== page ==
Up to 10 Years With a Non-Streamlined Installment Agreement
With a non-streamlined installment agreement, you can get up to 10 years to pay your tax debt. Generally, the IRS starts by offering you up to six years to pay, but if you cannot afford the minimum payments on a 72-month payment plan, you can stretch out your payments to the collection statute expiration date (CSED).
The CSED is 10 years after the tax assessment. So theoretically, if you apply for a non-streamlined agreement, you can get up to 10 years to pay. However, since most people apply several months or even years after the assessment date, most payment plans don’t end up being this long.
Note that with these agreements, the IRS will generally file a tax lien against your property. You may also have to complete a collection information statement.
Three-Year Guaranteed Installment Agreement
This is an option if you owe $10,000 or less and you meet all of the following conditions:
- You have filed all required tax returns for the past five years, paid all required income taxes, and haven’t entered into another installment agreement for income taxes.
- You agree to pay your entire tax bill within 36 months.
- You don’t have the money to pay your entire tax balance on its original due date.
While you’re not technically guaranteed to get this payment plan from the IRS just by asking, it’s usually the quickest and easiest installment agreement plan available. As long as you’re compliant with past filing obligations, the IRS usually approves these agreements.
Up to the CSED With a Partial Payment Installment Agreement
This installment agreement allows you to pay off your tax debt for less than what you owe. To be eligible for a partial payment installment agreement (PPIA), you’ll need to provide extensive financial records to prove you can’t afford to pay your entire tax balance. The way the PPIA works is by allowing you to make a payment each month until the CSED. At that point, whatever you still owe gets wiped away by the IRS.
Penalties and Interest When Using a Payment Plan or Installment Agreement
Keep in mind that the longer you take to pay, the more interest and penalties you will incur on your account. The faster you pay, the less you will pay in total.
The exact interest rate and penalties will depend on your specific tax situation, as well as the financial markets as a whole. That being said, the interest charged while paying off your tax bill over time will be 3% + the federal short-term interest rate. The late-payment penalty is 0.5% for each month (up to a maximum of 25%) you have an unpaid tax balance.
What Happens If You Still Can’t Pay Your Taxes?
If you receive a payment plan or installment agreement with the IRS, you still might struggle to pay off your tax debt. For instance, you might miss multiple tax payments. If this happens due to changed financial circumstances, you may be able to negotiate with the IRS for lower monthly payments. If that doesn’t work, you have a few more options.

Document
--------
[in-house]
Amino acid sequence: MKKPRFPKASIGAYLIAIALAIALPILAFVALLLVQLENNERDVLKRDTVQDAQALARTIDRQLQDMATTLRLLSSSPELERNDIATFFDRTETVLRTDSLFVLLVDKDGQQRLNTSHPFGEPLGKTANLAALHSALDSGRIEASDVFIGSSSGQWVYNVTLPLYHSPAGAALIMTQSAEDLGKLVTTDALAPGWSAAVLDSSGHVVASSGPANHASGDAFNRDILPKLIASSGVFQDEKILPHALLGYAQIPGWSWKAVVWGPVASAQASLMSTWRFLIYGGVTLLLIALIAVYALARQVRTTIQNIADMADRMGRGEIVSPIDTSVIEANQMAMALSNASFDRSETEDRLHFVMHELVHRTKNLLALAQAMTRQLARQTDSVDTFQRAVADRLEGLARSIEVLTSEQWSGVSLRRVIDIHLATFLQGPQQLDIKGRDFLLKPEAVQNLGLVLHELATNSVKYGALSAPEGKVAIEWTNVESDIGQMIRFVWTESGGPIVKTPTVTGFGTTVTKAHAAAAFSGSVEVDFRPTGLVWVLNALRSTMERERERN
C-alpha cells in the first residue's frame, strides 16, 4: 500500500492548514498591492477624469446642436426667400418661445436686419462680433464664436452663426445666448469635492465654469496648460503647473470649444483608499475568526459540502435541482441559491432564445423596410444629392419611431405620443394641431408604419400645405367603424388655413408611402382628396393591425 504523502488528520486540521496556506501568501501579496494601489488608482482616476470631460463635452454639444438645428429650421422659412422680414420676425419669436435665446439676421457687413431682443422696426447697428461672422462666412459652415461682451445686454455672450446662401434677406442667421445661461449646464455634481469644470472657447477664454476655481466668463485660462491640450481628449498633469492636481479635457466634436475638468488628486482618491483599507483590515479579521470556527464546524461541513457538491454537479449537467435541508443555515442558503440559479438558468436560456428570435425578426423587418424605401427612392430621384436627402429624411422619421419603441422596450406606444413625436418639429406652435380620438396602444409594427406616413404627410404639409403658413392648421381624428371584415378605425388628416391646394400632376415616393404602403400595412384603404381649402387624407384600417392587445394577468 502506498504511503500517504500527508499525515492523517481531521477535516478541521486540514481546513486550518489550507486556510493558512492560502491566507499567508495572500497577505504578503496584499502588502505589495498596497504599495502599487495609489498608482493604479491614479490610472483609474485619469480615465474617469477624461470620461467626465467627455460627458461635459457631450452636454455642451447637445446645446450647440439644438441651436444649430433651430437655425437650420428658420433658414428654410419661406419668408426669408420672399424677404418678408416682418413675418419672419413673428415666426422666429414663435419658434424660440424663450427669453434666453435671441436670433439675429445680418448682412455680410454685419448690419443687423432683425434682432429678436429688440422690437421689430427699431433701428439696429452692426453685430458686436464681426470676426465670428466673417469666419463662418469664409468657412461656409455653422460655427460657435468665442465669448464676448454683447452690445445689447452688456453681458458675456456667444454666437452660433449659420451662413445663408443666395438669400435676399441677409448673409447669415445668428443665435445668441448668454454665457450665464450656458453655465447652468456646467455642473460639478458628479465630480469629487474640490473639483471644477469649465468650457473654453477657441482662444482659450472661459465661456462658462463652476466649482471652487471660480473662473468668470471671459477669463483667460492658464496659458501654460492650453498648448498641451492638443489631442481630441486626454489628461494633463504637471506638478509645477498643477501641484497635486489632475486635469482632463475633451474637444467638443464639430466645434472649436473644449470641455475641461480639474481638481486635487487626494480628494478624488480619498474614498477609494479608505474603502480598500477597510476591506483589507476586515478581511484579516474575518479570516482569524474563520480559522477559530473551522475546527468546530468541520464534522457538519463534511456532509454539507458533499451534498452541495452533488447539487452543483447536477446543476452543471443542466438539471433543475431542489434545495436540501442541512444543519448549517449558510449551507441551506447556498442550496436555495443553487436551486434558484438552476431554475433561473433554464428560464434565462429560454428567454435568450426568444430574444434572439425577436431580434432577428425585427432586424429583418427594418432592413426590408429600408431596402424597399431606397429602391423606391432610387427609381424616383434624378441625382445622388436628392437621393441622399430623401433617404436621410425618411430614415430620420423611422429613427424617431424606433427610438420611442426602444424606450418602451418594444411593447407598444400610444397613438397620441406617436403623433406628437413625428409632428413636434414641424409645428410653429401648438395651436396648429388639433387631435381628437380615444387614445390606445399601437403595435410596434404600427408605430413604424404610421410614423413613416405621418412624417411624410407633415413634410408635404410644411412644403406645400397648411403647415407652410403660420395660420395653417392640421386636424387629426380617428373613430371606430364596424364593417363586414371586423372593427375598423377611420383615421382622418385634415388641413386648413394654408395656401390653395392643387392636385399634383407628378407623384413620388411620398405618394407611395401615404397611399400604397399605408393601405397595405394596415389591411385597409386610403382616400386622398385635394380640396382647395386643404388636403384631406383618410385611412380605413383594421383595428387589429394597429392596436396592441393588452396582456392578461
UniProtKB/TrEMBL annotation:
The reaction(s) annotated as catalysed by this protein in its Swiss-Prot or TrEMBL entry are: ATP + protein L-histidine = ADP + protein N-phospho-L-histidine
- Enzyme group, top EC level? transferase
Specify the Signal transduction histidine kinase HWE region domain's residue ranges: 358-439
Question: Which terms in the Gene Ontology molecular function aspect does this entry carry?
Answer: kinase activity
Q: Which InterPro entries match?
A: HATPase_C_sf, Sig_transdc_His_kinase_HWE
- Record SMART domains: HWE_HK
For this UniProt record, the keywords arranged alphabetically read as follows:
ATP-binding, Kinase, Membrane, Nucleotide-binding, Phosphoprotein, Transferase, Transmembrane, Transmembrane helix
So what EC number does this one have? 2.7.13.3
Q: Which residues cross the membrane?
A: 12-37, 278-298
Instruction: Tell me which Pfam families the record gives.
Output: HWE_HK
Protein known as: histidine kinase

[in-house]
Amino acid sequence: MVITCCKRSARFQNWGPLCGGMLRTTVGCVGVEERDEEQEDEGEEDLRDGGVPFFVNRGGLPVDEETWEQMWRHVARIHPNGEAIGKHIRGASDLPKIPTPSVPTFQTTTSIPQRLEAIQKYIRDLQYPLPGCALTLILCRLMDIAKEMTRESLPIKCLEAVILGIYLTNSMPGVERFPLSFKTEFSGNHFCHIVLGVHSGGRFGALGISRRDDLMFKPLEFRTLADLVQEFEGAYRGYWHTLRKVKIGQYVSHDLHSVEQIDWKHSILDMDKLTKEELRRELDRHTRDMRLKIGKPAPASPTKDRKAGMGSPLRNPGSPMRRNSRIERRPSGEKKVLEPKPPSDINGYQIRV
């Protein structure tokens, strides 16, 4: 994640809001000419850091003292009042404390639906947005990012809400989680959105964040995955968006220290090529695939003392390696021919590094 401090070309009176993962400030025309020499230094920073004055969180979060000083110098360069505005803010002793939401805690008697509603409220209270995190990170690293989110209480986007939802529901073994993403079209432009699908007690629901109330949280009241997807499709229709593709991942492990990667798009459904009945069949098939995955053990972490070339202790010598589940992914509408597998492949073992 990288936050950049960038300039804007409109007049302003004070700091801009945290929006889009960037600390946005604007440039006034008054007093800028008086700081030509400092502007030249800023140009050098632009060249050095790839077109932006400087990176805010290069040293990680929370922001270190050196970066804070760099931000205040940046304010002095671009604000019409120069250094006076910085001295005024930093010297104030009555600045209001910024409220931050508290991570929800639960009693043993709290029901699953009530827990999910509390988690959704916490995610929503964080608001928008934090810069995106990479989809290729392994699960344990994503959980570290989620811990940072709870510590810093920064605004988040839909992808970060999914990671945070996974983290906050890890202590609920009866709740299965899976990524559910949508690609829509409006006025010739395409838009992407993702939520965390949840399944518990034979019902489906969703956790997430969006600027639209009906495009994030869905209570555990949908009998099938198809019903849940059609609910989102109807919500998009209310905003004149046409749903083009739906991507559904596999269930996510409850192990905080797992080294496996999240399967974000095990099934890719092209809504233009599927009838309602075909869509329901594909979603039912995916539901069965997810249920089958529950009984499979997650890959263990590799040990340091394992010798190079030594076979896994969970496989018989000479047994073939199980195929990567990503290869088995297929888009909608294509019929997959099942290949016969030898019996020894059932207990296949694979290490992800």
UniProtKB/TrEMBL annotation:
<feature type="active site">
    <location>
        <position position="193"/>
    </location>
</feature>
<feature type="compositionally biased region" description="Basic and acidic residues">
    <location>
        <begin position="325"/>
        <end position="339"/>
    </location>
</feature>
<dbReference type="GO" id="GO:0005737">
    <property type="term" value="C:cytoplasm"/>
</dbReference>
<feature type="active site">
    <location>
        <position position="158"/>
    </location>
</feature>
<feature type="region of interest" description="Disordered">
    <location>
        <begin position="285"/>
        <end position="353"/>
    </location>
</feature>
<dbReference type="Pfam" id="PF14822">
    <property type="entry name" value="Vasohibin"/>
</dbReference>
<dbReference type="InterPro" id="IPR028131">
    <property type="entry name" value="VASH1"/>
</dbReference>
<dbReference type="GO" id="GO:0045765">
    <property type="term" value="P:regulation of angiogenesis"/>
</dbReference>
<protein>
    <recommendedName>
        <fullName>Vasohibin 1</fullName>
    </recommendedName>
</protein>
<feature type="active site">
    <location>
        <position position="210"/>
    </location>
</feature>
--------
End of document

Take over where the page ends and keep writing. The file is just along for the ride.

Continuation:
First, you can apply for currently not collectible status (CNC) with the IRS. If granted, your tax debt remains and penalties and interest will continue to accrue, and IRS may place a lien on your assets. However, the IRS will stop trying to collect the tax debt, such as with a tax levy.
It’s not easy for the IRS to approve your request for CNC status, as they aren’t usually quick to agree with you that you don’t have enough money to pay your unpaid taxes and reasonable living expenses.
Second, you can request an offer in compromise (OIC). An OIC is an agreement between you and the IRS where they agree to settle your tax liability for an amount that’s less than what you owe. It’s not easy to have the IRS grant your OIC request, but if you get it, you will either get a lump-sum offer or a periodic-payment offer. With lump-sum offers, you usually have five months to make the agreed-upon lump-sum payment. With periodic-payment offers, you’ll make monthly payments for anywhere between six to 24 months.
Third, there’s filing for bankruptcy. Chapter 7 bankruptcy can sometimes wipe away tax debts if all of the following parameters exist:
- The tax debt only includes unpaid income taxes (and associated interest and penalties).
- The tax debt is at least three years old.
- The IRS must have assessed the tax debt within the last eight months.
- The tax returns relating to the debt must have been on file with the IRS for the last two years.
The W Tax Group Can Help with Unpaid Taxes
Dealing with unpaid taxes can be stressful. Yet there could be several options available to help you pay off your tax bill over time, possibly even for less than what you owe. But taking advantage of these programs can sometimes be complicated or confusing, especially when it comes to meeting financial eligibility requirements.
The W Tax Group offers free consultations to help you determine what your next steps should be. To get help dealing with your unpaid taxes, contact us today.